Burlesque Icon Dita Von Teese Touts Her Own Brand of Feminism
From Playboy to Marilyn Manson, to iconic burlesque star.
Credit: Phil Barton
Born out of a time capsule from Hollywood’s golden era, glamour girl and burlesque goddess, Dita Von Teese has been captivating imaginations around the world since she burst onto the scene in the early 2000s, first on the cover of Playboy Magazine, and then draped on the arm of controversial rocker, Marilyn Manson. Since then, Dita has carved out an iconic reputation for herself as the most famous and sought after burlesque performer in the world. Vanity Fair has dubbed her a “Burlesque Superheroine,” and Elle has declared her an “all around icon.”
The raven haired, fair skinned, hourglass shaped glamour girl who never leaves home without the perfect red lip and vintage sunglasses, Von Teese travels the globe performing burlesque shows that pay homage to the vintage artform, but with a modern interpretation. She performs to sell-out crowds and mesmerizes with costumes perfectly adorned with breathtaking crystals, and over-the-top stage props and accessories placed just so, including her signature martini glass bubble bath routine. Incidentally, the crowds are packed with Von Teese’s millions of female fans who draw inspiration from her old world, finely crafted sensuality.
Having been fascinated with her image for some time, I sat down with Dita Von Teese to discuss everything from her captivating appearance and stage performances to her thoughts about femininity, motherhood, feminism and her current tour, Dita Von Teese and the Copper Coupe.
How do you define femininity?
I grew up admiring movie stars of the 1940s and 1950s. To me, that was always the epitome of feminine, and it made a mark on me from a very young age. I guess I have always associated that exaggerated femininity with the definition of feminine; the way a woman enhances herself with the tools in the beauty box, so to speak. I’ve always thought of glamour as feminine. That’s what I love for the outwardly feminine. On the other hand, I have a different closed door feminine as well, where I can remove those layers and get to the essence of what we are trying to exaggerate with the hair and makeup and the high heels and all the things we do to be hyper feminine in public.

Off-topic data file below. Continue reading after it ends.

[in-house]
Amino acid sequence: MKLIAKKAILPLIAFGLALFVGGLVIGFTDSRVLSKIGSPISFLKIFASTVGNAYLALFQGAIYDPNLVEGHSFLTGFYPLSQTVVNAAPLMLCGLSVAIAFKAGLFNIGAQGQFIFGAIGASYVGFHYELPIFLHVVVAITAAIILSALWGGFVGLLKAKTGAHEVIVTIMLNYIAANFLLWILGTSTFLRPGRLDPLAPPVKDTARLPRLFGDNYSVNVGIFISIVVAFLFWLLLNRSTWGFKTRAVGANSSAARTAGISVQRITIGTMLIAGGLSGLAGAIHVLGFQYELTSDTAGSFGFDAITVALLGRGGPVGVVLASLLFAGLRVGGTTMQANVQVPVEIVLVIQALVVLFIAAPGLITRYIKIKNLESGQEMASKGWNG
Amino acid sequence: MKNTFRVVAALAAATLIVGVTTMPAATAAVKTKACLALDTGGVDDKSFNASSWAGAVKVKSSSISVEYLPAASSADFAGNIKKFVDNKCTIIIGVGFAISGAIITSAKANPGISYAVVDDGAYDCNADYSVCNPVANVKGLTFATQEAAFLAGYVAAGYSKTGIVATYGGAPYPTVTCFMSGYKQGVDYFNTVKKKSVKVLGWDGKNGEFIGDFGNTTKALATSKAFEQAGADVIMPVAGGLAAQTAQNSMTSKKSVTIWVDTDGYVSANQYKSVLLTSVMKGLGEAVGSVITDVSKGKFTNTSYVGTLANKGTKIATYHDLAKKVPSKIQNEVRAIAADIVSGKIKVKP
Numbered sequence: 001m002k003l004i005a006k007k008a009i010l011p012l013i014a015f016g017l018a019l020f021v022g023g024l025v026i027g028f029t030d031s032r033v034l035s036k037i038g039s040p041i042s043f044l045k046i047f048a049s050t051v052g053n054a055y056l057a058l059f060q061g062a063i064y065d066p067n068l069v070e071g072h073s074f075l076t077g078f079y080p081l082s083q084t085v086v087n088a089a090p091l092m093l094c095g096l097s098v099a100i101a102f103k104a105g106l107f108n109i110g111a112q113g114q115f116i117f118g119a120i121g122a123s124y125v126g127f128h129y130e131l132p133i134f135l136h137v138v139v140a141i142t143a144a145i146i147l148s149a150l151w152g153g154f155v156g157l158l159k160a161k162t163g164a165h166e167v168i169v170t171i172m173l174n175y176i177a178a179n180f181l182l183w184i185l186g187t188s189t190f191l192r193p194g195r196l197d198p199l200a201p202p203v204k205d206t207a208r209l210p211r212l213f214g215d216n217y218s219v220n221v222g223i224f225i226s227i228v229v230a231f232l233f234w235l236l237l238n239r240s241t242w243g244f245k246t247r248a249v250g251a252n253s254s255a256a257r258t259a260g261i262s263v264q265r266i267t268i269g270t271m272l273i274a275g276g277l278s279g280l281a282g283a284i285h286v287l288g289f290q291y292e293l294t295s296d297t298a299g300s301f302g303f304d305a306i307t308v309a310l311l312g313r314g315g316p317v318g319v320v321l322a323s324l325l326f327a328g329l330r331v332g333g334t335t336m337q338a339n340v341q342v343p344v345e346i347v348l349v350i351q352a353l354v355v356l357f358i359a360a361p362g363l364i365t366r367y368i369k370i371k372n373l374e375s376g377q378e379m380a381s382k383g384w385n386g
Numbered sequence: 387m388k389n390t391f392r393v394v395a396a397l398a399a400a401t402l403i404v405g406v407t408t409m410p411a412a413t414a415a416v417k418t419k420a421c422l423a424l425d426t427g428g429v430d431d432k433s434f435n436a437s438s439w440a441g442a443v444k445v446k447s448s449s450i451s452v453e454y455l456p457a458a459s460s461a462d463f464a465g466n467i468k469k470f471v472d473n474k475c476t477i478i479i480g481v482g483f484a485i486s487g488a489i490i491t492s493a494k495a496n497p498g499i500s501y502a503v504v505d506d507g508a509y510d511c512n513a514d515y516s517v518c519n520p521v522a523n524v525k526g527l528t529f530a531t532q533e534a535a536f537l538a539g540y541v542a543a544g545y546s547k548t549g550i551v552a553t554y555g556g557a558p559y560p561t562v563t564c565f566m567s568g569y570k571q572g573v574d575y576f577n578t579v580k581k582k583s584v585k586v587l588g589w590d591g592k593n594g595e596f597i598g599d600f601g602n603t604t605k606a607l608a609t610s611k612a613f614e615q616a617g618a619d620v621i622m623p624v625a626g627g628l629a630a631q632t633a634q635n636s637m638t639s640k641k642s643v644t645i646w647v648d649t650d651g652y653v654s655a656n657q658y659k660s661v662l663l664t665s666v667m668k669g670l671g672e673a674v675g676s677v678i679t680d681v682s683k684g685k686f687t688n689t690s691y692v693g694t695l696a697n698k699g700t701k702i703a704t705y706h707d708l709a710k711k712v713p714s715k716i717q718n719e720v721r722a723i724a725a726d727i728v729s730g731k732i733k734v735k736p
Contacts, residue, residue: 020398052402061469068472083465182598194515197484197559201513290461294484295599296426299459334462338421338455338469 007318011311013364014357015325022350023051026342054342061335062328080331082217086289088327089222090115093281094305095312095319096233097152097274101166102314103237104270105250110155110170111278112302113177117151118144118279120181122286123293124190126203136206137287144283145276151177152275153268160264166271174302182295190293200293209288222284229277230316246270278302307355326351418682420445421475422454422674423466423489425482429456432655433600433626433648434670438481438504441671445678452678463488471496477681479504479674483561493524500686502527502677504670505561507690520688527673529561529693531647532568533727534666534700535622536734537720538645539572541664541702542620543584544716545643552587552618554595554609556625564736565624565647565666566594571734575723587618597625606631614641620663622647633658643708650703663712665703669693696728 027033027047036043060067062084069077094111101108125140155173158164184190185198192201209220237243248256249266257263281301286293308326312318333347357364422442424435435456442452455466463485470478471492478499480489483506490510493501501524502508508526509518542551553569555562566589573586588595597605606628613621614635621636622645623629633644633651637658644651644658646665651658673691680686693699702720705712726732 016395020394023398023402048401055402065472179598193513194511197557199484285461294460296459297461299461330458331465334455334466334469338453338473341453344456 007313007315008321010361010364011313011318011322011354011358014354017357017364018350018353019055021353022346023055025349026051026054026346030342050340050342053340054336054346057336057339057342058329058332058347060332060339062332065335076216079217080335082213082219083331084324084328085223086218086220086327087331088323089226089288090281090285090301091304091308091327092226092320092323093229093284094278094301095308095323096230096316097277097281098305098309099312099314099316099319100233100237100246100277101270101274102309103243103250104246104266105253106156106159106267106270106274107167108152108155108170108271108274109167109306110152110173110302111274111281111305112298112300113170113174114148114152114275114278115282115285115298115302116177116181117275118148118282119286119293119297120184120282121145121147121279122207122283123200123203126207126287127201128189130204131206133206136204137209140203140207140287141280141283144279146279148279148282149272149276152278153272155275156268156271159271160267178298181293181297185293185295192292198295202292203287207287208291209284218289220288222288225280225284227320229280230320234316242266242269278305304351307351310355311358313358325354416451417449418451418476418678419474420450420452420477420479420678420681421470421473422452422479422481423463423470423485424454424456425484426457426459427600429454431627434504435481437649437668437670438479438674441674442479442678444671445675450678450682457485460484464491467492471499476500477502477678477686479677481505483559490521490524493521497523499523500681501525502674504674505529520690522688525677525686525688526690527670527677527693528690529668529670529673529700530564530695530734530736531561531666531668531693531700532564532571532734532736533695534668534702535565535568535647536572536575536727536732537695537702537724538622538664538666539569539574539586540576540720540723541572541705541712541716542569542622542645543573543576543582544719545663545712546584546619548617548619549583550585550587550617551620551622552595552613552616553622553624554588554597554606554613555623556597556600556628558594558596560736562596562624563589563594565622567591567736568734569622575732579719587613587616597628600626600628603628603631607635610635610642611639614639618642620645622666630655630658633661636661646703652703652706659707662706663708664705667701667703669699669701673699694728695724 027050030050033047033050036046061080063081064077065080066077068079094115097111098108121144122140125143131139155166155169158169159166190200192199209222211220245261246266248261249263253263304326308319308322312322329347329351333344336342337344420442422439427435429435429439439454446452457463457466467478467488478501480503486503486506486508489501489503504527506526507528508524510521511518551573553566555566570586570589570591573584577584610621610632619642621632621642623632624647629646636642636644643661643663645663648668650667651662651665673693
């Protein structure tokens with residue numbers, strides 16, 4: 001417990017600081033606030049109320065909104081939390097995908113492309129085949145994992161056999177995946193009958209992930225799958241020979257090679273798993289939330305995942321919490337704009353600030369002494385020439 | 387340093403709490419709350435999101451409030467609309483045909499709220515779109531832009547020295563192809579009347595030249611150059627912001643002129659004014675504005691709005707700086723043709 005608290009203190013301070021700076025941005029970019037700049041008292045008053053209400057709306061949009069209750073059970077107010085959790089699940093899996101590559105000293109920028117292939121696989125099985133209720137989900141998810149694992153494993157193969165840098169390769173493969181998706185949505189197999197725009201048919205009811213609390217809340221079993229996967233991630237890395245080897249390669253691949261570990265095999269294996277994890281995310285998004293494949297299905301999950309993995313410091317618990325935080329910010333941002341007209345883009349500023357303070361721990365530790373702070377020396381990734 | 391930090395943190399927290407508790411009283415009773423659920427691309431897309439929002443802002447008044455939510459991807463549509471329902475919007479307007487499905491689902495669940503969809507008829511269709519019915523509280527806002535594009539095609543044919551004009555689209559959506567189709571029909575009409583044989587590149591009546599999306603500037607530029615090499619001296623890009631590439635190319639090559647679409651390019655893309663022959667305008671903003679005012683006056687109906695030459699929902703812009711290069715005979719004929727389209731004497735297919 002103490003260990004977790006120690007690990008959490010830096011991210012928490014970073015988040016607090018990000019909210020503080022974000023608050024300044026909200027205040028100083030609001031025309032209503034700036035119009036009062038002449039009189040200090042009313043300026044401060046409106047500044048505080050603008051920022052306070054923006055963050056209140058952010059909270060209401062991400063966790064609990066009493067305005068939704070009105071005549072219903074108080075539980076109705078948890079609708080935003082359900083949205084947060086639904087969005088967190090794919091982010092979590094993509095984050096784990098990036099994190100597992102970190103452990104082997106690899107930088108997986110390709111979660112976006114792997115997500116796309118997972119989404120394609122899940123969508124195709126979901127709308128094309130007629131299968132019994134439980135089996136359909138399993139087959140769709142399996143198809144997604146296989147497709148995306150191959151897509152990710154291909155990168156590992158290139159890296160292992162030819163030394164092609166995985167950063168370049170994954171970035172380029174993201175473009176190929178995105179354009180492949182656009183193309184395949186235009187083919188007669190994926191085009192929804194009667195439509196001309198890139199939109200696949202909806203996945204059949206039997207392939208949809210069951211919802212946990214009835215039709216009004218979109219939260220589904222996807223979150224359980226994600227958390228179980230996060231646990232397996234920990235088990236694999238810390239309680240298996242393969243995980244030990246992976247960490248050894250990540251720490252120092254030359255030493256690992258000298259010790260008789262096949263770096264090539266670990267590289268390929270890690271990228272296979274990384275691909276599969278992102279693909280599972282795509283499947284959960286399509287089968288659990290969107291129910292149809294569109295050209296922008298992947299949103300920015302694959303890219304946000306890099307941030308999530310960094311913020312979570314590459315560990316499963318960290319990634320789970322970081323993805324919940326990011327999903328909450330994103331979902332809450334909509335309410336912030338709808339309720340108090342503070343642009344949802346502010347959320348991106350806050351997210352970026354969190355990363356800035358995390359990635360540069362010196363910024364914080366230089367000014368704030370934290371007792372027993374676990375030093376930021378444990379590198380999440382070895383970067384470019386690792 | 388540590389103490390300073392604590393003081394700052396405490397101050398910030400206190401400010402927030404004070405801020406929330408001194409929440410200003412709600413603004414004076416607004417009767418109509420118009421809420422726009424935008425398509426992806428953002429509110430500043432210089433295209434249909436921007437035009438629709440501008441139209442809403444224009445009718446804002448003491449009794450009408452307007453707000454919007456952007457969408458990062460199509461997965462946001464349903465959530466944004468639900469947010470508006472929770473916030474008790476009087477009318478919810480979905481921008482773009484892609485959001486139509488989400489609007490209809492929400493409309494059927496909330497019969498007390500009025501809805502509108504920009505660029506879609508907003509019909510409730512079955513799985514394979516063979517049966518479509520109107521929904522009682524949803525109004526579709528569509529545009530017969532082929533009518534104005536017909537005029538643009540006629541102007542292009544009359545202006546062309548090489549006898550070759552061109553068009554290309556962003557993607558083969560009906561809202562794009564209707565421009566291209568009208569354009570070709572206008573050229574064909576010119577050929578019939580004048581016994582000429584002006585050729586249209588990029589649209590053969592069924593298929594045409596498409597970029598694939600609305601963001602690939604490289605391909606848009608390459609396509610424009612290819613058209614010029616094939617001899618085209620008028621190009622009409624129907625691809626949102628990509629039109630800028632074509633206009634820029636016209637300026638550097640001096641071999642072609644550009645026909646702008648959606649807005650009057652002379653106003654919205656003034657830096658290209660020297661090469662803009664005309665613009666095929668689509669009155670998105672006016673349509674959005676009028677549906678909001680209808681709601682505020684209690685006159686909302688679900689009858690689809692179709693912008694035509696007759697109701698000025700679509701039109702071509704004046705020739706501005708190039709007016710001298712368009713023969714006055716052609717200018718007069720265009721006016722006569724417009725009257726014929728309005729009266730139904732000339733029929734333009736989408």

Why not keep your natural blonde hair? And your birthname, Heather Sweet, was a sexy name. Why the change to brunette, and why the name change to Dita Von Teese?
I started becoming Dita when I was about nineteen years old, so I wasn’t really thinking it through. I didn’t think about long term, and I certainly never expected to become famous for being a burlesque dancer and pinup model. It started as a hobby that I was doing, and in my little mind I thought by the time I was thirty I would be finished. And at the time, I was looking to Gypsy Rose Lee and Lili St. Cyr, and these [burlesque] stars from the past. These were choices I made when I was younger, and yes, I always liked the idea of that big Hollywood makeover. Rita Hayworth’s name was not Rita Hayworth, and Rita Hayworth had black hair and a widow’s peak that got removed with electrolysis. There was that big Hollywood machine, and I was always fascinated with the idea of these raw beauties becoming transformed into Birds of Paradise.
In watching you perform, you truly look like you’ve stepped out of a time machine from the 1940s and 1950s. It’s surreal. Are you comfortable living in this time period, or are there things about this era that you’re ill at ease with?
I’m not living in another time. A lot of my clothes are modern, and I think about a lot of the modern things I do, such as updating my apps (laughs). I love so many things about modern technology. Although, I do have a huge collection of vintage clothing. There was a time in my life when I only wore vintage lingerie, I only drove my vintage car, I only wore clothes from the 1940s, but I’ve kind of evolved from that. The burlesque shows we produce are much different than a show you would have seen in the 1940s. We’re trying to capture the essence of those times, but the whole point is to evolve into something much different than it ever was; to evolve the history of burlesque. I never want anyone to think that I’m living in the past. You can look at the past and get inspiration from it, but it can end up being dusty and irrelevant if you don’t find ways to make it something that no one’s ever seen before. I do love to sit down with some of my favorite glamour girls of the past. I’m quite good friends with Mamie Van Doren who was a big 1950s bombshell and is still around to tell her stories. And I’m friends with Julie Newmar who, of course, was a great dancer and actress. I love to ask them about the past, and I love getting advice from them about the times we are living in and how to navigate being a glamour girl in modern times.
Image credit: Jesper Carlsen & Dimitri Scheblanov
Would you ever consider, at least temporarily, sacrificing your brand and your hourglass figure to become pregnant?